Monday, November 21, 2011

Judo in the Early UFC: "Antiquity" and Mixed Martial Arts - Remco Pardoel Edition

Before the UFC, before MMA exploded into the scene, before Yoshida fought in Pride, before Ronda Rousey began her armbar demolition of women fighters......there have been other great mat work specialists.

For those uninformed, Newaza, or Ne (ground) Waza (technique) is the term for the ground aspect of Judo.
Behold, it exists!

Guys like Kashiwazaki, Neil Adams, and other have taken down, pinned, and submitted fellow Judoka on the mats since Judo began.

A common misconception about Judoka is a relative lack of skill on the ground.
The rules in Judo, specifically due to short(er) time on the ground allowed, differing rules on legal submissions, and the ability to win by pinning akin to wrestling dramatically changes the mat work.

Kosen, or what has become high school Judo rules in Japan still allows for much longer mat work. Additionally, in training Judo 5-6 days a week, the body simply cannot routinely do full speed throwing/randori without injury. As such, often mat work is done in the morning and/or on off nights while standing, throwing, randori occurs on the other nights of the week's training.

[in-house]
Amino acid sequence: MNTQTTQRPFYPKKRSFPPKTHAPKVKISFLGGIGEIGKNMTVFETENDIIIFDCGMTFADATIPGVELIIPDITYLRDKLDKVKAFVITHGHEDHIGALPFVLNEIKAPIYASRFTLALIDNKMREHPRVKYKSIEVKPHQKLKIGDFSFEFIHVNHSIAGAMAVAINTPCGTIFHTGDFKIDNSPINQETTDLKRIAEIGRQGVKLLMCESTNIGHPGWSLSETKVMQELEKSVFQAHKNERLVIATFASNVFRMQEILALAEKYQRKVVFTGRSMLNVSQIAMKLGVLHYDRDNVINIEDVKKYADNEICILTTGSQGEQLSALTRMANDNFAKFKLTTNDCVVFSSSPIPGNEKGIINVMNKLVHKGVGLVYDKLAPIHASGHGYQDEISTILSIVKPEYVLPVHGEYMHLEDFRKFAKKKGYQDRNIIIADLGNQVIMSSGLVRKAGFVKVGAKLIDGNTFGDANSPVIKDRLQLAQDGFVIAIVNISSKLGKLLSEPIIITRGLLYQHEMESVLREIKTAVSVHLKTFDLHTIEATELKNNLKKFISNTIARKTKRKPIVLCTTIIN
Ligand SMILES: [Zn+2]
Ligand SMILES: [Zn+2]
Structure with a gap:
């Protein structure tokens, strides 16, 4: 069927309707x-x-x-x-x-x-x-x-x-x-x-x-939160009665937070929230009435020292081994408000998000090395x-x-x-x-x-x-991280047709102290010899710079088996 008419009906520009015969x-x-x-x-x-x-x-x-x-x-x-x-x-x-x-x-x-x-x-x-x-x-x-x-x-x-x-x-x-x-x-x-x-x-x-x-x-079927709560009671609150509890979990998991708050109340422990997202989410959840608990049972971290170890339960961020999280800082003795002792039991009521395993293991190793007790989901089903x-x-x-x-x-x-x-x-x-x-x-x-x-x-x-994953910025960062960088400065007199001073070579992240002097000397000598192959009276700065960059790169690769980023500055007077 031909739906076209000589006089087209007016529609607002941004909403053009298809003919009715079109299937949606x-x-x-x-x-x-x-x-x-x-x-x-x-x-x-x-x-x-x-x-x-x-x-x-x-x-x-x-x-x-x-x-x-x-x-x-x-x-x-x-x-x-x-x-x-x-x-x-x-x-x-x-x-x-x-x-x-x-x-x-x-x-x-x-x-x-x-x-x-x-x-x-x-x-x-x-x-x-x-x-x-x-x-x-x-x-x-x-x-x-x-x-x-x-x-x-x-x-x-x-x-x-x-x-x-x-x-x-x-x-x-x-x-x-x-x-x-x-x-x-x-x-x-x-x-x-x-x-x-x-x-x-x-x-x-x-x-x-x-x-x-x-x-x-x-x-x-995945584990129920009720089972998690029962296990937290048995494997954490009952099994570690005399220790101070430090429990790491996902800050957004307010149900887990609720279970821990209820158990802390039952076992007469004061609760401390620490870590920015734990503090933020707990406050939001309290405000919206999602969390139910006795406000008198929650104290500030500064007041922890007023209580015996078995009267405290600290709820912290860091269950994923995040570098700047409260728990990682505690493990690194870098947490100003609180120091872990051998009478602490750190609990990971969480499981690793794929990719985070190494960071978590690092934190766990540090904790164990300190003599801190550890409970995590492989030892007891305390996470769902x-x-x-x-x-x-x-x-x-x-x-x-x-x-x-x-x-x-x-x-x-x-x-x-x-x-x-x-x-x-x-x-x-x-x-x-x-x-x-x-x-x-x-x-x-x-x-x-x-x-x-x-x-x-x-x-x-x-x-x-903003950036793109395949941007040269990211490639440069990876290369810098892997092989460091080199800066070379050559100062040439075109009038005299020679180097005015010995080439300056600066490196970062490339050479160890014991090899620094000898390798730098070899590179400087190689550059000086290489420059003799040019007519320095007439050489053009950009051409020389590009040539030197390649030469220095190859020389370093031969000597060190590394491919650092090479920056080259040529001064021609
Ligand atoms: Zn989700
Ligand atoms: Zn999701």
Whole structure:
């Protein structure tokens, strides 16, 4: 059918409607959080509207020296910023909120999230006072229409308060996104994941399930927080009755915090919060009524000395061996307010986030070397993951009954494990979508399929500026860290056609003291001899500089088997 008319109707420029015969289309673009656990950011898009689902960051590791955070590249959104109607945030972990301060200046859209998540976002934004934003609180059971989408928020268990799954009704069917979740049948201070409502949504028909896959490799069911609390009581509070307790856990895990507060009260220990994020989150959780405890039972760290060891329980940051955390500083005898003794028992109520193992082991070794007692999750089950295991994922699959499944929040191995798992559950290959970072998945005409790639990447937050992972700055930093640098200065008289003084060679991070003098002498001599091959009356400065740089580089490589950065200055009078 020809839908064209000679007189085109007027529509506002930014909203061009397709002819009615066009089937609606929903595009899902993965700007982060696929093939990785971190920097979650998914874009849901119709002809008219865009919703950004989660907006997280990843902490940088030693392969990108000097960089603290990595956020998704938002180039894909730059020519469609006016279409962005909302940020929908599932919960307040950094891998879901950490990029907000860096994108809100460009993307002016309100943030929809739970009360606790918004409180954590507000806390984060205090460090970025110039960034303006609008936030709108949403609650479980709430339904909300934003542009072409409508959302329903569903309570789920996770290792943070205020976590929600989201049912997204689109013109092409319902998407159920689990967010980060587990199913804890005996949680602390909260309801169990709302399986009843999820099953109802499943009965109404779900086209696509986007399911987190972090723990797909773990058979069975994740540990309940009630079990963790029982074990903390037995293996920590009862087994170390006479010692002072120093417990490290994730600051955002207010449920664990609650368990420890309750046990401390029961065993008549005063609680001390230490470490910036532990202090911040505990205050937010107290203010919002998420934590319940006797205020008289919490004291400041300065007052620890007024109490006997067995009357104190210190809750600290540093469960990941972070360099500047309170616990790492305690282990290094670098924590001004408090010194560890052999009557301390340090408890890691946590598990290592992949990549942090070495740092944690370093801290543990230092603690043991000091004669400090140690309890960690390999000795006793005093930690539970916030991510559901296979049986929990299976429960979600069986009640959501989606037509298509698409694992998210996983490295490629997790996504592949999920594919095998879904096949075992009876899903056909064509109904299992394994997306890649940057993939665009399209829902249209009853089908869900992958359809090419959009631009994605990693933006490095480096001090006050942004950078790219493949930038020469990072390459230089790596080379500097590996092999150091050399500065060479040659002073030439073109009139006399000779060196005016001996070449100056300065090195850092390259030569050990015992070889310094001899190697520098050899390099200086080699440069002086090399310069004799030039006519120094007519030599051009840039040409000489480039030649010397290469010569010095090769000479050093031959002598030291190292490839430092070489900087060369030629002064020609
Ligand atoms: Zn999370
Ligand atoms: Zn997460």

At any rate, this post was going to be about Flavio Canto, but I think I'll hold off on that for the time being, and instead, rewind to one of the earlist Judokas in the UFC and semi-modern MMA. (interesting that we now view early UFC's at old or the pioneer days of MMA and it only dates back to 1993). Being present for the birth of a cumulative combat sport is awesome. 

At any rate, Remco Pardoel fought waaaay back in UFC 2. He finished his first 2 opponents before succumbing to Royce Gracie.

Remco would go on to continue fighting after the UFC in other MMA organizations to a final record of 9-6-1.
Here's Remco taking down and submitting at Karate practitioner at UFC 7.

And here's a general tribute/HL of Remco Pardoel:

Happy Trainingz!

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